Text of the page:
Lord Chris Smith, newly appointed Chairman of the Environment Agency, and member of the Thames Gateway Strategic Partnership shares his views on the Thames Gateway, its environment and the future for the Gateway as an Eco-Region.
It was a brave step to call the Thames Gateway our first eco-Region, not because it isn’t achievable, but because it acknowledges that we have to include existing housing, as well as the new, in the vision for a more sustainable Gateway. This makes the challenge more complex but also more equitable for existing communities and more exciting as part of the search for a sustainable future.
Eco-regionSo what is an eco-region and what does it entail? The essential elements must include building within environmental limits, enhancing the existing environmental quality, planning environmental infrastructure to coincide with growth and delivering developments that reduce their impact on the environment and, importantly, creating places that new and existing communities can enjoy and value.
In regenerating the Thames Gateway we are not starting from a point of sustainable living. In the South-east we already have seriously stressed water resources and high water consumption, high energy use and high domestic and transport carbon emissions, and generate huge volumes of waste with less and less space to dispose of it.
So it makes sense to try and redress these existing issues as we also develop new communities that draw upon the same limited resources. Fortunately new developments have the advantage of new technologies and a better understanding of environmental management.
How to retro-fit these technologies for older build is not clear, but it is a challenge facing the whole country and one which I hope will be grasped here in the Gateway – leading the way as a true exemplar.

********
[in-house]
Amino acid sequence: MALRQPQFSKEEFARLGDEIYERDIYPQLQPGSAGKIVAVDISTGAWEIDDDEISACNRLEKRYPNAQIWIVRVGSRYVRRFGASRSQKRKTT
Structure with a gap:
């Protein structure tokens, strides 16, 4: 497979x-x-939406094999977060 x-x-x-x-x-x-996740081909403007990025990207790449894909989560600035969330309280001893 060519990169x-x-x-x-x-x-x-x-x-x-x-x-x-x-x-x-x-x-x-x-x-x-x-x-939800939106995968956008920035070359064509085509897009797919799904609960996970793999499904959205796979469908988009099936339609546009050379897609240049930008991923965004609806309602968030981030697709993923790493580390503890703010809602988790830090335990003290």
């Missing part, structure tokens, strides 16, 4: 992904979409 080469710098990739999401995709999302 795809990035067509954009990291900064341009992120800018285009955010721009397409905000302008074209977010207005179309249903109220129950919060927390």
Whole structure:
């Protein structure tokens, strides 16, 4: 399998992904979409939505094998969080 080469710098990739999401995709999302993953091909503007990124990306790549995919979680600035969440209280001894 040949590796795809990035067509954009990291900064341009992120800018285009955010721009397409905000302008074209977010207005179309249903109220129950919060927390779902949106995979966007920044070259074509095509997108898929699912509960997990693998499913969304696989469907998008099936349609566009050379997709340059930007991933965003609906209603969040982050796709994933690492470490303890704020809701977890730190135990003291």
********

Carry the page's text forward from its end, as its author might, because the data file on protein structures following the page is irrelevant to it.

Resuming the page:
The costs of trying to shoehorn new environmental infrastructure into existing communities is much higher than if it was integrated from the beginning
We are also not starting with a blank canvass. As well as the large volumes of contaminated land - a legacy from the area’s industrial past which can be remediated as we redevelop - there is also a fantastic array of natural and industrial landscapes that are treasured by local residents which we should draw on as assets to protect or improve. From the wild Kent marshes evoked by Dickens to the Historic dockyards in east London and Chatham they all give a local sense of place within this swathe of land called the Gateway.
Parks - and floodsFor this reason I applaud the development of a parklands vision which should set the context for how the area is redeveloped. The centrepiece of the Gateway, and a common thread through this vision, must surely be the tidal Thames. The relationship with the river, its quality and ecology, its benefits for transport and recreation, and the environmental resource it provides should be a key consideration as the area grows.